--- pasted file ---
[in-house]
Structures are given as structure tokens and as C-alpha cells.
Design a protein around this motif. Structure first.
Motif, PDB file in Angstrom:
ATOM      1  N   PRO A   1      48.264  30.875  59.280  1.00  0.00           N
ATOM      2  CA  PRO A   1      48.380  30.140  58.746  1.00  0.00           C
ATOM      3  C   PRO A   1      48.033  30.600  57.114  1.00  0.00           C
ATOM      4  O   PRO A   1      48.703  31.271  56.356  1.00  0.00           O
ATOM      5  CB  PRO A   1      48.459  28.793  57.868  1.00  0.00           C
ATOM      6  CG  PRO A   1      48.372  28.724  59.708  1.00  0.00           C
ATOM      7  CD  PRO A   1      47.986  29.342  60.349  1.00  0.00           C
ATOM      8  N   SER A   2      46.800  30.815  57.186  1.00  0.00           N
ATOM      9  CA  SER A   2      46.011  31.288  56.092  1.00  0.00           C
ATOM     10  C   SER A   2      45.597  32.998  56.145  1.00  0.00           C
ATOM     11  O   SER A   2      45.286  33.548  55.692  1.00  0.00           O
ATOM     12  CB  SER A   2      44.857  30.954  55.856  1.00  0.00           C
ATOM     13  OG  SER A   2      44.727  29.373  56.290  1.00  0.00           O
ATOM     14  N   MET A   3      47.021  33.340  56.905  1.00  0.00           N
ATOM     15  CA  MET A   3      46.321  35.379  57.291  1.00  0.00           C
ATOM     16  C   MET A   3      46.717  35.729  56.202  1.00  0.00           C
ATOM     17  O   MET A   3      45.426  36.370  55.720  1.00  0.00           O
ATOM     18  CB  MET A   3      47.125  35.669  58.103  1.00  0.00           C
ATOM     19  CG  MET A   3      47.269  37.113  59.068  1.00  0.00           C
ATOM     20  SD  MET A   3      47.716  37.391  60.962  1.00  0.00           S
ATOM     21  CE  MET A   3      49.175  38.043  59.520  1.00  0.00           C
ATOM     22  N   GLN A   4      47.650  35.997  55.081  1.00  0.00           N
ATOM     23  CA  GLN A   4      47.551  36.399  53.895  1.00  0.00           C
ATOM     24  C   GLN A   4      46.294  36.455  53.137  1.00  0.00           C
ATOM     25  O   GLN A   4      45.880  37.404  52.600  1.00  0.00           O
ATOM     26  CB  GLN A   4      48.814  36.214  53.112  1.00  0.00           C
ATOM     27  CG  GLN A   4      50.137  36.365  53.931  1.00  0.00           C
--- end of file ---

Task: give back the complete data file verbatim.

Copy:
[in-house]
Structures are given as structure tokens and as C-alpha cells.
Design a protein around this motif. Structure first.
Motif, PDB file in Angstrom:
ATOM      1  N   PRO A   1      48.264  30.875  59.280  1.00  0.00           N
ATOM      2  CA  PRO A   1      48.380  30.140  58.746  1.00  0.00           C
ATOM      3  C   PRO A   1      48.033  30.600  57.114  1.00  0.00           C
ATOM      4  O   PRO A   1      48.703  31.271  56.356  1.00  0.00           O
ATOM      5  CB  PRO A   1      48.459  28.793  57.868  1.00  0.00           C
ATOM      6  CG  PRO A   1      48.372  28.724  59.708  1.00  0.00           C
ATOM      7  CD  PRO A   1      47.986  29.342  60.349  1.00  0.00           C
ATOM      8  N   SER A   2      46.800  30.815  57.186  1.00  0.00           N
ATOM      9  CA  SER A   2      46.011  31.288  56.092  1.00  0.00           C
ATOM     10  C   SER A   2      45.597  32.998  56.145  1.00  0.00           C
ATOM     11  O   SER A   2      45.286  33.548  55.692  1.00  0.00           O
ATOM     12  CB  SER A   2      44.857  30.954  55.856  1.00  0.00           C
ATOM     13  OG  SER A   2      44.727  29.373  56.290  1.00  0.00           O
ATOM     14  N   MET A   3      47.021  33.340  56.905  1.00  0.00           N
ATOM     15  CA  MET A   3      46.321  35.379  57.291  1.00  0.00           C
ATOM     16  C   MET A   3      46.717  35.729  56.202  1.00  0.00           C
ATOM     17  O   MET A   3      45.426  36.370  55.720  1.00  0.00           O
ATOM     18  CB  MET A   3      47.125  35.669  58.103  1.00  0.00           C
ATOM     19  CG  MET A   3      47.269  37.113  59.068  1.00  0.00           C
ATOM     20  SD  MET A   3      47.716  37.391  60.962  1.00  0.00           S
ATOM     21  CE  MET A   3      49.175  38.043  59.520  1.00  0.00           C
ATOM     22  N   GLN A   4      47.650  35.997  55.081  1.00  0.00           N
ATOM     23  CA  GLN A   4      47.551  36.399  53.895  1.00  0.00           C
ATOM     24  C   GLN A   4      46.294  36.455  53.137  1.00  0.00           C
ATOM     25  O   GLN A   4      45.880  37.404  52.600  1.00  0.00           O
ATOM     26  CB  GLN A   4      48.814  36.214  53.112  1.00  0.00           C
ATOM     27  CG  GLN A   4      50.137  36.365  53.931  1.00  0.00           C